Issue of September 12, 2021
     
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Gene sought to help rice cope with drought discovered
by Press release

A mutation gene that may help rice plants survive despite adverse conditions has been identified by a balik scientist fellow hosted by Department of Agriculture-PhilRice.

Dr. Nonawin Lucob-Agustin, together with other researchers from Nagoya University in Japan, discovered the wavy root elongation growth 1 (weg1) gene, which may help rice cope with drought, especially in rainfed lowlands where water is scarce.

The scientist said the gene was identified from mutants of a rice variety called Taichung 65. The mutant has wavy parental roots compared to its normal type that has straight parental roots.

“The wavy root is found to be highly branched compared to the straight root. Highly branched root system enables the plant to explore its underground environment for water and nutrients, which may maintain survival and productivity even under drought condition,” Lucob-Agustin, who won a 2021 Special Citation Award from the National Academy of Science and Technology, said.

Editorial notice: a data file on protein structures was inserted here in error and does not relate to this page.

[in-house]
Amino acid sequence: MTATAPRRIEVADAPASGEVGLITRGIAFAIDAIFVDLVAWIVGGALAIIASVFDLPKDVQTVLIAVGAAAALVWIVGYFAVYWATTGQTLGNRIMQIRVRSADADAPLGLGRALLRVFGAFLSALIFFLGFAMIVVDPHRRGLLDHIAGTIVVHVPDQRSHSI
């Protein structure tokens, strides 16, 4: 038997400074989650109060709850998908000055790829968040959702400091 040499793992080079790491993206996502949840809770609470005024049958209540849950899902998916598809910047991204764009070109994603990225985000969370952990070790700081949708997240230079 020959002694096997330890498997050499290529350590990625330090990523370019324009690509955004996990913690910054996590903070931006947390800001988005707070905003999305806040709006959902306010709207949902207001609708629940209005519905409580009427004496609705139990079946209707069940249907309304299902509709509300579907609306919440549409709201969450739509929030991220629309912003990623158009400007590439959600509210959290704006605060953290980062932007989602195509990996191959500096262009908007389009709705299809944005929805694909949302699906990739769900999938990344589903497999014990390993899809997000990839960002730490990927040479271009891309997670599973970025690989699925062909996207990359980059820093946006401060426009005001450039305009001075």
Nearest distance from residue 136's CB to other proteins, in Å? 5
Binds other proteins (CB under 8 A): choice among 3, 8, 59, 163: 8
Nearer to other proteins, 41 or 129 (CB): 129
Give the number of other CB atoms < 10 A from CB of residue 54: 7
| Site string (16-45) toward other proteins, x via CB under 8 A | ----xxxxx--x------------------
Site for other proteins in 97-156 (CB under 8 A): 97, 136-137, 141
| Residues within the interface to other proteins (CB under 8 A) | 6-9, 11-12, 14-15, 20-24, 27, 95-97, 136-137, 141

She said the weg1 mutant produces more L-type lateral roots, which are smaller roots produced from the parental root.

She said between the two types of lateral roots – the S-type and L-type, the latter are capable of higher order of branching; thus, “important for the expansion of the entire root system for more absorption of water and nutrients from the soil.”

“The mutation gene directly regulates asymmetric cell elongation that causes growth of wavy parental root and indirectly regulates the emergence of highly developed lateral roots,” Lucob-Agustin said.

The researchers found high auxin level accumulation at the outer bent regions (curvatures) of the wavy parental root where L-type lateral roots grow.

“High auxin level likely induces the formation of L-type lateral roots,” she said. Lucob-Agustin further emphasized that this mutation gene has no detrimental effects to shoot and yield, and is responsive to nutrient levels.

“The highly branched roots may also be important in taking in immobile nutrients such as phosphorus,” she said.

The weg1 mutation gene also affects only the formation of wavy roots and lateral root, and has no retarding effects on other root components.

Details of this study can be found in this link: https://bit.ly/38oqlkN. You may also watch Dr. Lucob-Agustin’s presentation of this research: https://bit.ly/373qUjo.


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